Godzilla includes no accessories, but is a huge hollow representation of the big lizard as he appears in 2004's Godzilla: Final Wars which, as of this review, is not out in North America.
The giant green monster includes no accessories and was packaged with only a tag.
It's Godzilla, and it's big. Typically BanDai's rotocast Kaiju are no more than eight inches tall. This one's about a foot tall and fairly long.
Godzilla is jointed at the shoulders, neck, and tail, meaning that on the whole, he's a "collectible figure" or to be more precise, a plastic statue. The joints are fairly well hidden, it's obvious where they are but they integrate into the design very well.
The sculpting is excellent-- which is good, because there's not a lot of paint here. The detail shows a lot of work into replicating Godzilla 2004, and there's so many textures, patterns, and scales employed here that you could probably go on forever describing how diverse and amazing they are-- but we're trying to keep it brief.
Deco is important and a shortcut or two were taken in making this toy. Because they couldn't individually sculpt all the teeth, they're kind of combined with the gums, resulting in a fierce look that if you look too close seems a wee bit off. The end result is good, but perhaps painting the area behind the teeth a darker shade would make them look even better.
While you can get a lot of a toy's personality from its pose, modern toy buffs know that there's a lot you can say with the face. The expression, how the mouth is positioned, all of these things add up to what the toy is really all about. And Godzilla is all about putting the smack down on Tokyo, as you can see here.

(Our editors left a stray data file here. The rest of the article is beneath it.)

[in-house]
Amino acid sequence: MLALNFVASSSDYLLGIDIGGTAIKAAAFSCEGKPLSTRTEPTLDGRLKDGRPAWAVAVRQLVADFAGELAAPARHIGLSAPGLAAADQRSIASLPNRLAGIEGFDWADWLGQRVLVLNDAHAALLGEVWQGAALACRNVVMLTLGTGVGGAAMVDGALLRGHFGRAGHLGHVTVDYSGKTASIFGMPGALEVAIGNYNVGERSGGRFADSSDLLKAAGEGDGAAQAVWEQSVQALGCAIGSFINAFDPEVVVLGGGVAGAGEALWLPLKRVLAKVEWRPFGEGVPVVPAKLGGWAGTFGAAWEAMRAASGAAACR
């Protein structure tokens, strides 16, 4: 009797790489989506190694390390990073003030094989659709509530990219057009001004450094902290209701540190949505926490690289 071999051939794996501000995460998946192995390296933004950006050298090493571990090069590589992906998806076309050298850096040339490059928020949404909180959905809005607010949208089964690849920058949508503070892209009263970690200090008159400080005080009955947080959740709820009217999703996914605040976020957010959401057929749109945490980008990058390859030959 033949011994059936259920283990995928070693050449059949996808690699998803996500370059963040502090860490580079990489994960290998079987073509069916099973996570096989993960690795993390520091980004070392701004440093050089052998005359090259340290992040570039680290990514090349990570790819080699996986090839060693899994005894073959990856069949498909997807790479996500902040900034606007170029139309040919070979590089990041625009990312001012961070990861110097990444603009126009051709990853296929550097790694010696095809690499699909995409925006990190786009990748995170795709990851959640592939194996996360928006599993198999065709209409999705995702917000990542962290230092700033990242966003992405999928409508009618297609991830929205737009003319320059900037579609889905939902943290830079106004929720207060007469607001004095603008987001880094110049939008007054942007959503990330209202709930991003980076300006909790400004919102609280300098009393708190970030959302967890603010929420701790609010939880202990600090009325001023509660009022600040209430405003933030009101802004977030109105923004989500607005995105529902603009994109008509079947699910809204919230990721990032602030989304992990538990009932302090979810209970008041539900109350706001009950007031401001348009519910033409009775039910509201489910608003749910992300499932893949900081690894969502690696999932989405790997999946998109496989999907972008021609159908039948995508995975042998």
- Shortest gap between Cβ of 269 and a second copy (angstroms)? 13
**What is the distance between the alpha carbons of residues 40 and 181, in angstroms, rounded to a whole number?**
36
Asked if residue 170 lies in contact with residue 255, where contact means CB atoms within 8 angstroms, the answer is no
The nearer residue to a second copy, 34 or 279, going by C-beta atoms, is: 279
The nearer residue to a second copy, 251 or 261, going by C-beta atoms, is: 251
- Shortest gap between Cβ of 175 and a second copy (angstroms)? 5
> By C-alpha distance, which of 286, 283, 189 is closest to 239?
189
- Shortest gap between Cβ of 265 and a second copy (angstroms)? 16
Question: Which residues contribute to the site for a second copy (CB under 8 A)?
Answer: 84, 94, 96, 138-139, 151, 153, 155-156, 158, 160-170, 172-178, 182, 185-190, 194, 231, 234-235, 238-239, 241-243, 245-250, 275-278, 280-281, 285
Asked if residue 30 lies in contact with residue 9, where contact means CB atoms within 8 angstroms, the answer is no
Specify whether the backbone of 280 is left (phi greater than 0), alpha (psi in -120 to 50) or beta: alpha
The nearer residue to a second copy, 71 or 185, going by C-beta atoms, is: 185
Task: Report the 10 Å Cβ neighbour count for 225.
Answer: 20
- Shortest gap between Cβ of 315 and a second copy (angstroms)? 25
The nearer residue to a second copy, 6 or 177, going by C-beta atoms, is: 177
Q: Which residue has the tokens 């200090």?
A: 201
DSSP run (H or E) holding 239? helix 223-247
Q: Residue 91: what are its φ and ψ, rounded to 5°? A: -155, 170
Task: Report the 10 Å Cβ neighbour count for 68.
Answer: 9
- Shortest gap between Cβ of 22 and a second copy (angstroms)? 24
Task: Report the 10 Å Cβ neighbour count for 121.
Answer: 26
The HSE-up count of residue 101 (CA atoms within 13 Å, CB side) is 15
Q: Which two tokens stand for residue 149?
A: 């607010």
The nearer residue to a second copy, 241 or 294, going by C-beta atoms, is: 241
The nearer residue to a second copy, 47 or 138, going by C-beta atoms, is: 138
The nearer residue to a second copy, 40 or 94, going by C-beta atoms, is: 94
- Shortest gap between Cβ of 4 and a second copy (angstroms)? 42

On the whole, it's a great toy-- it looks like the suit from the movie, which is a mixed bag. Sure, you could make the toy look more like a "real" Godzilla than the movie does, but why?
Godzilla has a tag for packaging, as the entire line of these large BanDai figures are prone to do. As such, the figure will have a small, often invisible, hole where the tag went.
There really isn't much to it. I mean, it's a tag.
While not the finest Godzilla toy ever, it's a great one. Depending on where you buy it, it's cheap-- if you buy it in Japan, it's like $16 or so. In the USA, it's $30-$40. As such, if you have an importer that can cut you a deal, we say go to them. It's a superb toy and it's very durable, there aren't many parts that look fragile and a kid could probably have a field day with it. As an added bonus, it sports the authenticity that a movie buff would appreciate, so you really can't go wrong with Final Wars Godzilla.
Text and photos by Adam Pawlus
Review posted on February 6 2005
Sample purchased from a Japanese importer for roughly $20 in January, 2005.